In Mindcast

Tim Kent – Living and Working Through Adversity

Tim Kent is Director of Adult & Forensic Services, Consultant Psychotherapist and Social Worker at the Tavistock and Portman NHS Foundation Trust. He delivers a rousing commentary for NHS and social care staff about the experience of living through, and working in, the current time of adversity and how the services we provide are a lifeline, literally, for many people.

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Hello this is Tim Kent from the Tavistock and Portman NHS Foundation Trust. I’m the Director of Adult Forensic Services here and I’m a psychotherapist and a social worker by background. It’s interesting this pandemic crisis that we are in the throes of at the moment, it mostly reminds me of parents and grandparents stories of the Blitz, wartime, rationing, pulling together, and the sense that what was at stake was people’s mental coherence as much as the fear of loss of life and loved ones and of course with that fear comes the sense that we’re not always together and a lot of our work at the moment is remote. I’ve just been on a Skype, sorry, Zoom call, with several colleagues, spending a lot of time on the phone and you know managing a huge array of new experiences and feelings sort of bombarding the mind at any one point and trying to metabolise it like a new medicine so it’s quite bizarre and I think we’re all both sort stimulated and in a way very anxious about the outcome and what’s it’s going to mean.

Of course we all know people who are currently very ill and some who we’ve lost and many thankfully who had mild versions and are either recovering or haven’t yet been unwell so there’s a very strong sense of that kind of spirit of the Blitz, for want of a better description, and I think it’s valuable.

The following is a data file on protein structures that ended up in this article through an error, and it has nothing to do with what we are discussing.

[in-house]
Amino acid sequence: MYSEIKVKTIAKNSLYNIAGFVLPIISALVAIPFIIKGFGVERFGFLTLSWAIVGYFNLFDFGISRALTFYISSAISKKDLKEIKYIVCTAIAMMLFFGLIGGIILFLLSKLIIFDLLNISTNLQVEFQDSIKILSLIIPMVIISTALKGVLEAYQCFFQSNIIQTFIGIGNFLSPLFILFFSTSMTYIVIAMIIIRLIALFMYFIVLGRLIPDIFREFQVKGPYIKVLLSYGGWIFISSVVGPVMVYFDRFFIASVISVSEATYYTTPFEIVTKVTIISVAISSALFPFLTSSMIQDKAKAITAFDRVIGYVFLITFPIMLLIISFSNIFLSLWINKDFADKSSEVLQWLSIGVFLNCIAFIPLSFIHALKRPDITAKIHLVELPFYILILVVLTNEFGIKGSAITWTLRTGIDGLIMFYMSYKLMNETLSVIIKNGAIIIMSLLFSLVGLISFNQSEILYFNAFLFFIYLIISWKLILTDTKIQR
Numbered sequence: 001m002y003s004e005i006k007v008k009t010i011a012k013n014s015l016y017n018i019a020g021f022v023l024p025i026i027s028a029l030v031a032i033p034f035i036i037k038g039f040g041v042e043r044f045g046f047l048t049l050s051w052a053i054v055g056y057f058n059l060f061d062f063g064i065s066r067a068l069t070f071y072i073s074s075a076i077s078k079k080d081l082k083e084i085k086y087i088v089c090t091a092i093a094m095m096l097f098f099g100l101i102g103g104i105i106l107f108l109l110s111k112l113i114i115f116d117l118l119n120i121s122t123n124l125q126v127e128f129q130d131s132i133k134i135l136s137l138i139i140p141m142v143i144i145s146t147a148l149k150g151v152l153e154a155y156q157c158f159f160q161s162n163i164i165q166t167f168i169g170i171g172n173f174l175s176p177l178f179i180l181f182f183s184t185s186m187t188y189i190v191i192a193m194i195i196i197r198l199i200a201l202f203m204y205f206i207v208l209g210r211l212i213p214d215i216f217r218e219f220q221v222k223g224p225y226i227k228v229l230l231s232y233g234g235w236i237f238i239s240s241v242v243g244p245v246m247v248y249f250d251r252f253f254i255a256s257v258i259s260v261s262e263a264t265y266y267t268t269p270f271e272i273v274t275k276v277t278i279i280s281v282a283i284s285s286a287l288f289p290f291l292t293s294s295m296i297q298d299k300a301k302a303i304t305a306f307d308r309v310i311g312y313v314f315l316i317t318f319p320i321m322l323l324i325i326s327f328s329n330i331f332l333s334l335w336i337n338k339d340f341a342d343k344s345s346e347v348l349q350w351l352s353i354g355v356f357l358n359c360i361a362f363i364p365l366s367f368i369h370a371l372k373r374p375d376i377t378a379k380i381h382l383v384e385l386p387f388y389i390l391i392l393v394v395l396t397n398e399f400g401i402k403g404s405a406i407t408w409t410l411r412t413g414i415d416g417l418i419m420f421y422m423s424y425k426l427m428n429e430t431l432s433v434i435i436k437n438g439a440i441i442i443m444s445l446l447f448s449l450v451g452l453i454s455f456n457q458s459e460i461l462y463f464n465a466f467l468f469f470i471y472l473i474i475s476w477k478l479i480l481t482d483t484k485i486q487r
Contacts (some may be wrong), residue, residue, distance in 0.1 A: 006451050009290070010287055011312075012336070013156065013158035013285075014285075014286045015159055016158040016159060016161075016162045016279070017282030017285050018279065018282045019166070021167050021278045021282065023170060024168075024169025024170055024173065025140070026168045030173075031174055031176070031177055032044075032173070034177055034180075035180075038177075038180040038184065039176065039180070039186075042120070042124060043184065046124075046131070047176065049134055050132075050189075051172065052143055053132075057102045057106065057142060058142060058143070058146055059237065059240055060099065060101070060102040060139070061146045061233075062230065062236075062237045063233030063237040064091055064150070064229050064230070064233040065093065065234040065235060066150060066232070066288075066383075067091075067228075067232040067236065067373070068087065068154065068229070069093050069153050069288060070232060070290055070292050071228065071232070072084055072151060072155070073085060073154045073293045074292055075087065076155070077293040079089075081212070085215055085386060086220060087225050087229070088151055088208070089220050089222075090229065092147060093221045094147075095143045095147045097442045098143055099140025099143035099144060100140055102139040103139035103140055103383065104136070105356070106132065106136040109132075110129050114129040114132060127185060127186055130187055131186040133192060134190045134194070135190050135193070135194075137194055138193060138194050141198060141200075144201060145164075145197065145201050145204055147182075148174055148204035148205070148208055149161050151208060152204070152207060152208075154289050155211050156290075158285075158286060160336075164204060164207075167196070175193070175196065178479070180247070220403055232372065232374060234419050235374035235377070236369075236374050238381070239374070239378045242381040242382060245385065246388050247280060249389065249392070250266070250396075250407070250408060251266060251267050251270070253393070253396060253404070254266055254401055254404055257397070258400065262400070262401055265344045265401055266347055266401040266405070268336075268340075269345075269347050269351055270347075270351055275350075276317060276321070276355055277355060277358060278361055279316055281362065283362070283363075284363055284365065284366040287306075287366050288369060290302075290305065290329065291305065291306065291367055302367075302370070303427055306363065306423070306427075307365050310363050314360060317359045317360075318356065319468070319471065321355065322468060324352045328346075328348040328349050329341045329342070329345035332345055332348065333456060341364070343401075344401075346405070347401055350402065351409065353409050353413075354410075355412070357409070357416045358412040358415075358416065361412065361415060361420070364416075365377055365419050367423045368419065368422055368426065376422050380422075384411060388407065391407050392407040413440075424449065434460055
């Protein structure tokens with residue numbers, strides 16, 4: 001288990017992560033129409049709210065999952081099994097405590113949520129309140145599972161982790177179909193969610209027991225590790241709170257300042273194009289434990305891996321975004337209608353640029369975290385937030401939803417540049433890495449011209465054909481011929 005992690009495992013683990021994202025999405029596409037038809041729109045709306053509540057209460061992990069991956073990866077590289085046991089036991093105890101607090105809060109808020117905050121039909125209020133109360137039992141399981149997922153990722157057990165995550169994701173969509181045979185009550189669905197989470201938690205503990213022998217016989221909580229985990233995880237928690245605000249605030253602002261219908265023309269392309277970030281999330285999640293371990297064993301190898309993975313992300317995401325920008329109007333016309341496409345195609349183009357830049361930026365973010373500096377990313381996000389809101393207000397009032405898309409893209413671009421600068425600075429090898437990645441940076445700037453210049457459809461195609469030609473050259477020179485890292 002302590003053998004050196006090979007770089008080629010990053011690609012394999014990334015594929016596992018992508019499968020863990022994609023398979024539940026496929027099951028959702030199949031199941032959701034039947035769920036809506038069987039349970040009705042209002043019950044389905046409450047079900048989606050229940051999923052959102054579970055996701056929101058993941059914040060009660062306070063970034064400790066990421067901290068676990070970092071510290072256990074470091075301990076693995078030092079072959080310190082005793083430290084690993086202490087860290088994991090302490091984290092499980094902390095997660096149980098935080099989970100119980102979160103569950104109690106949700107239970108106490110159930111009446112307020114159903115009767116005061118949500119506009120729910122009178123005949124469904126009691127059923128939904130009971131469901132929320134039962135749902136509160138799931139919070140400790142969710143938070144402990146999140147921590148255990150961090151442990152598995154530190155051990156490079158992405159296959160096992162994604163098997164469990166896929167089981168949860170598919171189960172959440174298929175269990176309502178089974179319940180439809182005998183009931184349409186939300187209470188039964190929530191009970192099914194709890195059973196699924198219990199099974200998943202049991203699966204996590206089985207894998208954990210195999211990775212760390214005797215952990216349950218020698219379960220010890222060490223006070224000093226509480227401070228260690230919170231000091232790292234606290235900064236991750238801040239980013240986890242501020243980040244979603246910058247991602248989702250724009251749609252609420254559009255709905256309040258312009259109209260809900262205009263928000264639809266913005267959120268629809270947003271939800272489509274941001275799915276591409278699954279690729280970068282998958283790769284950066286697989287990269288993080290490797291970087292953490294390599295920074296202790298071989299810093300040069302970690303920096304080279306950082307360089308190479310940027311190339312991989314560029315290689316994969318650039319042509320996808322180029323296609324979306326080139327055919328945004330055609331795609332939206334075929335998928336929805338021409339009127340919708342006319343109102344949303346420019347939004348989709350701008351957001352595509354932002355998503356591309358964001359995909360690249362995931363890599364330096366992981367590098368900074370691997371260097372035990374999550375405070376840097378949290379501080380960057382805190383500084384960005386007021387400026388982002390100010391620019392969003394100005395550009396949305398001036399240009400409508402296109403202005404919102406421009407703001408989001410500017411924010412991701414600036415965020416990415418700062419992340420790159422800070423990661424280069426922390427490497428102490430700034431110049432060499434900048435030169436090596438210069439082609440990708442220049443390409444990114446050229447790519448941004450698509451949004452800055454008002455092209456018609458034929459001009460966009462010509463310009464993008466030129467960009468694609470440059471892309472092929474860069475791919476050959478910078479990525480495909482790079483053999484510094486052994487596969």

There’s something that’s been on my mind for several years about the experience of a country or nation, that hasn’t in any recent past history been through a considerable period of real adversity and I suppose before COVID-19 we thought that 10 years of austerity and cuts to the NHS was real adversity, which of course it very much is and has been and continues to be and now we are reaping the fallout from that experience.

But more immediately and more personally, my wife’s been unwell so I’ve been advised by our doctors to isolate and it feels as busy working from home as it has been the office, although I miss being around friends and colleagues and within the institutional environment. I’m thinking ahead to whether I could and should be redeployed back into social work and with experience in child protection and adults with mental problems and working the community.

I think for lots of people at the moment there is a sense of wanting to help and wanting to be able to go above and beyond the norm is shared by so many, at the same time that that some of our colleagues are just really frightened and very much wanting to retreat, so a really complex and difficult time and am very very grateful to have so many supportive colleagues.

I know it feels like a difficult thing to come to terms with the moment but it does feel great to be part of the NHS and to see the appreciation of our public for what we do. It’s also extremely worrying to see how austerity has left us unprepared in so many ways and that that ultimately is going to impact on mortality rates.

So in psychological services, just as a final note, for some of our patients if not most of our patients, the psychotherapy that we provide at the Tavistock and Portman, alongside our other services, is a lifeline, literally, for many people. As Donna Winnicott and Albert Einstein wrote to the government during the Second World War, the thing about protecting children and adults from adversity at a time of crisis, and at that point wartime, is not just about a threat to the physical body, the psychological threat to people’s emotional development and mental capacity and ability to keep going and in some cases keep living with the huge threat and therefore the huge anxiety that it causes is paramount.

It’s not really to compare the body and the mind, perhaps better to say that they’re part of the same thing and it’s important to keep going psychologically as it is physically. I think the fact is at the moment that a lot of us are experiencing a very serious traumatic impact to our mental functioning and the bombardment of new experience and change can get through some of the time, so you know you can feel all right one minute and then completely discombobulated the next and unable to think and then them you try and regather.

Okay I think that’s enough and I will sign off now. Thanks for listening, take care, keep well and love to you all.

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